Hardly got the new used car, already the first error. The glow plug warning lamp in the speedometer started flashing at low speeds, combined with loss of power (engine emergency running).
But the whole thing could be fixed immediately with the restart of the engine, with the only disadvantage that the start/stop automatic was deactivated until the car was locked for several minutes. After that it was working again.
The thing occurred with me increasingly with warm engine, if the car in the idle gas ran, with step speed drove or after the engine start/stop automatic had just started the engine. Never at faster speed or full load.
I read the error with my OBD diagnostic dongle when the lamp flashed and found two errors in the control unit.
P2564 – Sensor Blade position Turbocharger Circuit Voltage too low
P00af – Drive module for turbocharger 1: Fixed
These are two good indications that there is a fault in the compressor area.
In various forums, topics such as defective brake light switches, a defective pressure socket for turbine geometry adjustment, or a broken turbo are addressed.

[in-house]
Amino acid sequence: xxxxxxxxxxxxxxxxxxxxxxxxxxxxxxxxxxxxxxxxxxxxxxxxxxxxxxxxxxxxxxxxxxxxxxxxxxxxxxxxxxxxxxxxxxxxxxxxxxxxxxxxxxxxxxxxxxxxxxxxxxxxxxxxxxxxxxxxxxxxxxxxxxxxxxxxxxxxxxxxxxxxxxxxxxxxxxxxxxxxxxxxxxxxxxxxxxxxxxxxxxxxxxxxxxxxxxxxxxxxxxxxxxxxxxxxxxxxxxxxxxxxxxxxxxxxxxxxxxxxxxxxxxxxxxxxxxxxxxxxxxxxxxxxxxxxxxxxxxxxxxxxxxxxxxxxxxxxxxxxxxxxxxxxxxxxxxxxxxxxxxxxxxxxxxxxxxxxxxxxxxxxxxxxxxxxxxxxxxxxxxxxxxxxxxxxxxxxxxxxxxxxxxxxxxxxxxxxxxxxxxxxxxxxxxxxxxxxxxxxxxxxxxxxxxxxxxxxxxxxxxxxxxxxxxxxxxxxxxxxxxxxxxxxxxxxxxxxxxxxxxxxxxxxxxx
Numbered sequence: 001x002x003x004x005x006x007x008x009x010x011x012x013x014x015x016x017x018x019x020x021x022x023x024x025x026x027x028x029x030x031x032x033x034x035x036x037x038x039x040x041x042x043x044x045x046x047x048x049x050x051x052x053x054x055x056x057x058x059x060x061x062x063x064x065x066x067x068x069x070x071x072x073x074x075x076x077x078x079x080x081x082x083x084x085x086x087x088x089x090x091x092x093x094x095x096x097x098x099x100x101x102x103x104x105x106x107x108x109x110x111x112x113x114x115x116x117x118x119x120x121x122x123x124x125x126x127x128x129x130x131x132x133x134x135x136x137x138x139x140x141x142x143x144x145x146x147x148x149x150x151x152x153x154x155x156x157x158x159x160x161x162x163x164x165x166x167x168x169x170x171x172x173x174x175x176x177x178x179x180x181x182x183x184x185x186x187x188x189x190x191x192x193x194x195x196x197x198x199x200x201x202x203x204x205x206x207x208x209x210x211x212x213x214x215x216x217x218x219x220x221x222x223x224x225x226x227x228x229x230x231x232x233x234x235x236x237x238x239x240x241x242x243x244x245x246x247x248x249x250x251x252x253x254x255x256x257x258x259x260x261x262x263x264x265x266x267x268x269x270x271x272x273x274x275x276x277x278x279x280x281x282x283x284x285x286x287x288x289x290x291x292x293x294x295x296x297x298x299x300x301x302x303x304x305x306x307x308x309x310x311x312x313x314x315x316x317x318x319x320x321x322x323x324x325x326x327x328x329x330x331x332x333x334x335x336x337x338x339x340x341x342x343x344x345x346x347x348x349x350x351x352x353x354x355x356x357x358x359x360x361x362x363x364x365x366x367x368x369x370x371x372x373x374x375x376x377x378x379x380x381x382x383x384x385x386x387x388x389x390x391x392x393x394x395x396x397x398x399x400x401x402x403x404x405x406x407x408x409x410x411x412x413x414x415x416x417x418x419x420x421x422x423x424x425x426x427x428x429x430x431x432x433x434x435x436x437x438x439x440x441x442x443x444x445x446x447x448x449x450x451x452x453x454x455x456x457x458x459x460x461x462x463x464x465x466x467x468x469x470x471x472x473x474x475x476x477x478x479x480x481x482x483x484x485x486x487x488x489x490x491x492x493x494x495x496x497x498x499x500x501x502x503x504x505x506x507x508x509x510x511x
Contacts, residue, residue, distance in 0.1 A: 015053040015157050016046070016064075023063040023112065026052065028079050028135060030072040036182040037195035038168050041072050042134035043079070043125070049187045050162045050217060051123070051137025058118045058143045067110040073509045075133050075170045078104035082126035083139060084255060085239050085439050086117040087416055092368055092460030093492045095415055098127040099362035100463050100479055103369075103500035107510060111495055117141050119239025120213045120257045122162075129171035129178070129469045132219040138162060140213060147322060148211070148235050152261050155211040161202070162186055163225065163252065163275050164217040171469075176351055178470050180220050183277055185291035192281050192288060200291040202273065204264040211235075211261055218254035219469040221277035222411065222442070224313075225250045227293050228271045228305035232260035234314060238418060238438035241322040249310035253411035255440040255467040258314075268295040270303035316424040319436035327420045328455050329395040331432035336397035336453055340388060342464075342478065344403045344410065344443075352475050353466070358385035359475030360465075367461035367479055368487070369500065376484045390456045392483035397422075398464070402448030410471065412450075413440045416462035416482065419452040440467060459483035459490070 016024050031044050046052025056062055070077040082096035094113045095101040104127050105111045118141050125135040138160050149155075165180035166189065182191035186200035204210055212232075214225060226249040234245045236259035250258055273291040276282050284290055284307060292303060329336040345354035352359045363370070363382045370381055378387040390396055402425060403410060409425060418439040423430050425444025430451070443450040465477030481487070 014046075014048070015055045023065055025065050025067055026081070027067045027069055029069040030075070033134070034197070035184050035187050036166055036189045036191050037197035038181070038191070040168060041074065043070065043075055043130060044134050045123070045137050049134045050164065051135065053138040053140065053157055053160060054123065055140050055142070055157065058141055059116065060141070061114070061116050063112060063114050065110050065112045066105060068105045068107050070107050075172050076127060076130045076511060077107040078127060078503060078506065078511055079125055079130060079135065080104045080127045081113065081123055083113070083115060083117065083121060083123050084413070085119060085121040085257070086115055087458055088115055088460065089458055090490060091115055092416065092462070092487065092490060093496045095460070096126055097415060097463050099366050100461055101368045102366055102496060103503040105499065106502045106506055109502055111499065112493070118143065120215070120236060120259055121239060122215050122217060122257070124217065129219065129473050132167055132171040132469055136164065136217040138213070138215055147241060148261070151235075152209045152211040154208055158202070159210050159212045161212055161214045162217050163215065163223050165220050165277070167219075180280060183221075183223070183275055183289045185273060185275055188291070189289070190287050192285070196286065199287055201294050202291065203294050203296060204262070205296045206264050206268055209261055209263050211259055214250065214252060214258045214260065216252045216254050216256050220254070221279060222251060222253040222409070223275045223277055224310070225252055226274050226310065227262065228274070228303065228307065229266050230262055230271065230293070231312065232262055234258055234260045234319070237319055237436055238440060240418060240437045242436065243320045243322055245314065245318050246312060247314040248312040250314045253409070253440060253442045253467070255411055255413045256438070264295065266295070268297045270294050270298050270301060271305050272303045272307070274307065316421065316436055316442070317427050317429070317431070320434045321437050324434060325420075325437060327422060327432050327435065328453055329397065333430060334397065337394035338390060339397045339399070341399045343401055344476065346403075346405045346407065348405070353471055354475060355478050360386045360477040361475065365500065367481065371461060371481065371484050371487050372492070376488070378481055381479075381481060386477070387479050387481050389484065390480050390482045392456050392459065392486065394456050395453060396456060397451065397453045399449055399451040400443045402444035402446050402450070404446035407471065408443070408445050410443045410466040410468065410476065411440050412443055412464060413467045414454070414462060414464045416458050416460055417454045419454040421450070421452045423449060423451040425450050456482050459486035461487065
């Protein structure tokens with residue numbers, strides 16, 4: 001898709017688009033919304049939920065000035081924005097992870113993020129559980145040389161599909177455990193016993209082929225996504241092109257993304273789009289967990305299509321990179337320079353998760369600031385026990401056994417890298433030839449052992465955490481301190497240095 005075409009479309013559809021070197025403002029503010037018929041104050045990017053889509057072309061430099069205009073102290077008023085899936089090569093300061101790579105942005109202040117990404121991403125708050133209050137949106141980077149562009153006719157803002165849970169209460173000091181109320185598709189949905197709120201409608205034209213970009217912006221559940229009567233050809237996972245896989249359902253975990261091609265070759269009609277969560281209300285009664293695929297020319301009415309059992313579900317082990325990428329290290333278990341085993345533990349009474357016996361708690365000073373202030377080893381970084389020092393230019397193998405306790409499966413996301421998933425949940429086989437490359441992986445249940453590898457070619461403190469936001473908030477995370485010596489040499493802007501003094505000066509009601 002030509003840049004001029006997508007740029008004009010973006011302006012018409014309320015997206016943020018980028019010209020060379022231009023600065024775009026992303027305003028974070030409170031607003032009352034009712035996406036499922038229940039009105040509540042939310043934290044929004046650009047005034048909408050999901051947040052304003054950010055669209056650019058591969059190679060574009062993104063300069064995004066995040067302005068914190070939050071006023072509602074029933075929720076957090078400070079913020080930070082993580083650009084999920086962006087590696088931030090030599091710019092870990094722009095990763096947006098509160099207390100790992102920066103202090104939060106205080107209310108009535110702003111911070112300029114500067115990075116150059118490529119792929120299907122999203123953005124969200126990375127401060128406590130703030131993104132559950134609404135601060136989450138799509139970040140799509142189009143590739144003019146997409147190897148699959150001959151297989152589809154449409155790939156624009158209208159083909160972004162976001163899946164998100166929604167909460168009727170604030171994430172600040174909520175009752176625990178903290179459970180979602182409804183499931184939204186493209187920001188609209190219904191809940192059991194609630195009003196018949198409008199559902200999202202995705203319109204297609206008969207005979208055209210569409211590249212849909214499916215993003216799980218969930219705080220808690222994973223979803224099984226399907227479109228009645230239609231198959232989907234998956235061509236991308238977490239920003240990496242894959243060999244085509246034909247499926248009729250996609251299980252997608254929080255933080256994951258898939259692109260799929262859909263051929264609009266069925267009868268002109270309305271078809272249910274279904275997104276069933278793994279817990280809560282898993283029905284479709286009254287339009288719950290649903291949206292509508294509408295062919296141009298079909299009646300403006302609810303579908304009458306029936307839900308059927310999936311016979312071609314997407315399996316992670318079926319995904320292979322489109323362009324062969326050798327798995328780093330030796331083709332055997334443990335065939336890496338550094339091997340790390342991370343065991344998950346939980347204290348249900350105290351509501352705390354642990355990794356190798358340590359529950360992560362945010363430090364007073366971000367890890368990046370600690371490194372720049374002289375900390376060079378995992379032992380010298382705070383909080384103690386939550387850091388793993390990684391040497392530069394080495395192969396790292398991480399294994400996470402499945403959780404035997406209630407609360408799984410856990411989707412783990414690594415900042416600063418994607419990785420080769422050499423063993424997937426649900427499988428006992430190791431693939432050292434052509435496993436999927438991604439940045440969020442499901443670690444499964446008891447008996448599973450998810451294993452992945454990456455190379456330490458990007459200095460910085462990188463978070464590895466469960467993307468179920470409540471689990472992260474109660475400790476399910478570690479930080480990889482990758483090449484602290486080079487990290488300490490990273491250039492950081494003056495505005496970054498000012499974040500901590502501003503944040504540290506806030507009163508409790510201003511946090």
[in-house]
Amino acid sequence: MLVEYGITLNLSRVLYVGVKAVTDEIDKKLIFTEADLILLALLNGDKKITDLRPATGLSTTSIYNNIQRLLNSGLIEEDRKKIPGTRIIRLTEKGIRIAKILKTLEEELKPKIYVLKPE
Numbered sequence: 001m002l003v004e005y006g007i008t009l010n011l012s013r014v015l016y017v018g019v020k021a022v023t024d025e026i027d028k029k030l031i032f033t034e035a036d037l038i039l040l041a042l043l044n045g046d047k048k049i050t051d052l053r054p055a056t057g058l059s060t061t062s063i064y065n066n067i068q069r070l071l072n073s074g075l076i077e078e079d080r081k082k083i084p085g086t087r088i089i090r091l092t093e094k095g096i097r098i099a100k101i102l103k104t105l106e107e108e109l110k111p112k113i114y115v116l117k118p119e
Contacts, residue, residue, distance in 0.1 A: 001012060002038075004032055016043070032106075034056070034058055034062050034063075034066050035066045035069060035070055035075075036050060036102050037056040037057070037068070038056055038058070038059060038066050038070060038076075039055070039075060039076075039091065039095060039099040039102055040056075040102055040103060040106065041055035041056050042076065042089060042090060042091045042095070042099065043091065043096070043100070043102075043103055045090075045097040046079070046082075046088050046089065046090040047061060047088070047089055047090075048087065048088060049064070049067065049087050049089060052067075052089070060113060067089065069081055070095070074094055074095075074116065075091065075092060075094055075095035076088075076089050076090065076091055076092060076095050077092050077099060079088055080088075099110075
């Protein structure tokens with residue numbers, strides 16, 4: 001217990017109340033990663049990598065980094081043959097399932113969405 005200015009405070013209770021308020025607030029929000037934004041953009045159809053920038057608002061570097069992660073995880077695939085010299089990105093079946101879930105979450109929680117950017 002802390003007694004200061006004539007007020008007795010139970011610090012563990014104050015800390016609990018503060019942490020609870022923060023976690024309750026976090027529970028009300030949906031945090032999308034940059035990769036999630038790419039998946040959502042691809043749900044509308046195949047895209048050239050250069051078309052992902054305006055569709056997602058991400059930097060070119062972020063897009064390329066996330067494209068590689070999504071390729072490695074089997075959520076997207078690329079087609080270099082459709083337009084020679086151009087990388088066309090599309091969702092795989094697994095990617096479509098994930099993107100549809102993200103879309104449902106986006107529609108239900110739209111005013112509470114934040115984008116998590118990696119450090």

But at some point I came across a repair guide for the second error P00af: Link
In this guide, the main focus is on the components of the vacuum system that controls the turbocharger’s pressure can. Time for me to take a closer look at the components in the engine compartment.
I followed the hoses starting with the supply line of the turbo pressure can and ended up at the solenoid valves which (should) use the cleaned air behind the air filter box and the air mass meter.
Here I noticed that a hose to the intake pipe had loosened (middle following picture)
So I’ll put the hose back on.
I don’t know why the hose had come loose but before I had taken over the car the workshop had exposed quite a lot because of a troubleshooting and had either forgotten to fasten the hose or just plugged it in loosely so that it could come loose.
Unfortunately I still had the mistakes sporadically. Super annoying. The repair guide to these problems next shows that it could be the N75 valve. The workshop would also have changed this valve next. Because it is so easily accessible, the change was a quick thing. The valve has the part number VAG OE-1K0 906 627 B and is the rear of the two vacuum valves in the engine compartment.
I haven’t seen the flashing indicator light since the change. The error seems to be caused by the defective N75 valve (pressure converter/charging pressure regulator).